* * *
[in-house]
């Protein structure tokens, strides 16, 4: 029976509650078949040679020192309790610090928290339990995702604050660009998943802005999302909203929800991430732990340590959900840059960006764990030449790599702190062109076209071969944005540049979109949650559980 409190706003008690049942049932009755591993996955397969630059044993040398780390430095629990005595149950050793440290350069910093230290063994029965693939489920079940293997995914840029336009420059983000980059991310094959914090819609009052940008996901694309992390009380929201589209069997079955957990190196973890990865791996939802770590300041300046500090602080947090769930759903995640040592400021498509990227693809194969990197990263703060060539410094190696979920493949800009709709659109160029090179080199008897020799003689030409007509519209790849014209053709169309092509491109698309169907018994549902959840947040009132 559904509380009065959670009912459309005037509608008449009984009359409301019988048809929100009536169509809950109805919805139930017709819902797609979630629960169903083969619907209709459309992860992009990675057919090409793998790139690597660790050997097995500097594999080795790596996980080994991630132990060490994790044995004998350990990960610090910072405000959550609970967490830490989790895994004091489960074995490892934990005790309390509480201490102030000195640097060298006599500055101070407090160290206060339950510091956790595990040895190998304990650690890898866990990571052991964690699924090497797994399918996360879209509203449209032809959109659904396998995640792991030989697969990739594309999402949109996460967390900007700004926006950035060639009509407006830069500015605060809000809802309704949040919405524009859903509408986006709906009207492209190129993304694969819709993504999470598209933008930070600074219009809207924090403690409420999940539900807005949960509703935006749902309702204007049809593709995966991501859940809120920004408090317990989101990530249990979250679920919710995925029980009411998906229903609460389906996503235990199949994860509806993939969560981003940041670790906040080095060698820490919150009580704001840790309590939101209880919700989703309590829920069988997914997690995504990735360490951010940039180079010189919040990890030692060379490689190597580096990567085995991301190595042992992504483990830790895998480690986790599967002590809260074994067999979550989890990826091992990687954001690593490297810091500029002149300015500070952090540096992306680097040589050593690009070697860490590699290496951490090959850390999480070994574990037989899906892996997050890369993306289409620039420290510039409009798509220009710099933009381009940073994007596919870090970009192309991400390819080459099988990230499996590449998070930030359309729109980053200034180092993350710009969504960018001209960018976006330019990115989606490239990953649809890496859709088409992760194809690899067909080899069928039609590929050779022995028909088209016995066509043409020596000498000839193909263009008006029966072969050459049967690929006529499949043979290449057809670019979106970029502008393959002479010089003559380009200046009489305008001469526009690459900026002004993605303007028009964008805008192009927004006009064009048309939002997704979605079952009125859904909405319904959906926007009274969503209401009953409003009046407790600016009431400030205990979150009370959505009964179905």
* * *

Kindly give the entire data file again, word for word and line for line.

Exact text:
[in-house]
């Protein structure tokens, strides 16, 4: 029976509650078949040679020192309790610090928290339990995702604050660009998943802005999302909203929800991430732990340590959900840059960006764990030449790599702190062109076209071969944005540049979109949650559980 409190706003008690049942049932009755591993996955397969630059044993040398780390430095629990005595149950050793440290350069910093230290063994029965693939489920079940293997995914840029336009420059983000980059991310094959914090819609009052940008996901694309992390009380929201589209069997079955957990190196973890990865791996939802770590300041300046500090602080947090769930759903995640040592400021498509990227693809194969990197990263703060060539410094190696979920493949800009709709659109160029090179080199008897020799003689030409007509519209790849014209053709169309092509491109698309169907018994549902959840947040009132 559904509380009065959670009912459309005037509608008449009984009359409301019988048809929100009536169509809950109805919805139930017709819902797609979630629960169903083969619907209709459309992860992009990675057919090409793998790139690597660790050997097995500097594999080795790596996980080994991630132990060490994790044995004998350990990960610090910072405000959550609970967490830490989790895994004091489960074995490892934990005790309390509480201490102030000195640097060298006599500055101070407090160290206060339950510091956790595990040895190998304990650690890898866990990571052991964690699924090497797994399918996360879209509203449209032809959109659904396998995640792991030989697969990739594309999402949109996460967390900007700004926006950035060639009509407006830069500015605060809000809802309704949040919405524009859903509408986006709906009207492209190129993304694969819709993504999470598209933008930070600074219009809207924090403690409420999940539900807005949960509703935006749902309702204007049809593709995966991501859940809120920004408090317990989101990530249990979250679920919710995925029980009411998906229903609460389906996503235990199949994860509806993939969560981003940041670790906040080095060698820490919150009580704001840790309590939101209880919700989703309590829920069988997914997690995504990735360490951010940039180079010189919040990890030692060379490689190597580096990567085995991301190595042992992504483990830790895998480690986790599967002590809260074994067999979550989890990826091992990687954001690593490297810091500029002149300015500070952090540096992306680097040589050593690009070697860490590699290496951490090959850390999480070994574990037989899906892996997050890369993306289409620039420290510039409009798509220009710099933009381009940073994007596919870090970009192309991400390819080459099988990230499996590449998070930030359309729109980053200034180092993350710009969504960018001209960018976006330019990115989606490239990953649809890496859709088409992760194809690899067909080899069928039609590929050779022995028909088209016995066509043409020596000498000839193909263009008006029966072969050459049967690929006529499949043979290449057809670019979106970029502008393959002479010089003559380009200046009489305008001469526009690459900026002004993605303007028009964008805008192009927004006009064009048309939002997704979605079952009125859904909405319904959906926007009274969503209401009953409003009046407790600016009431400030205990979150009370959505009964179905």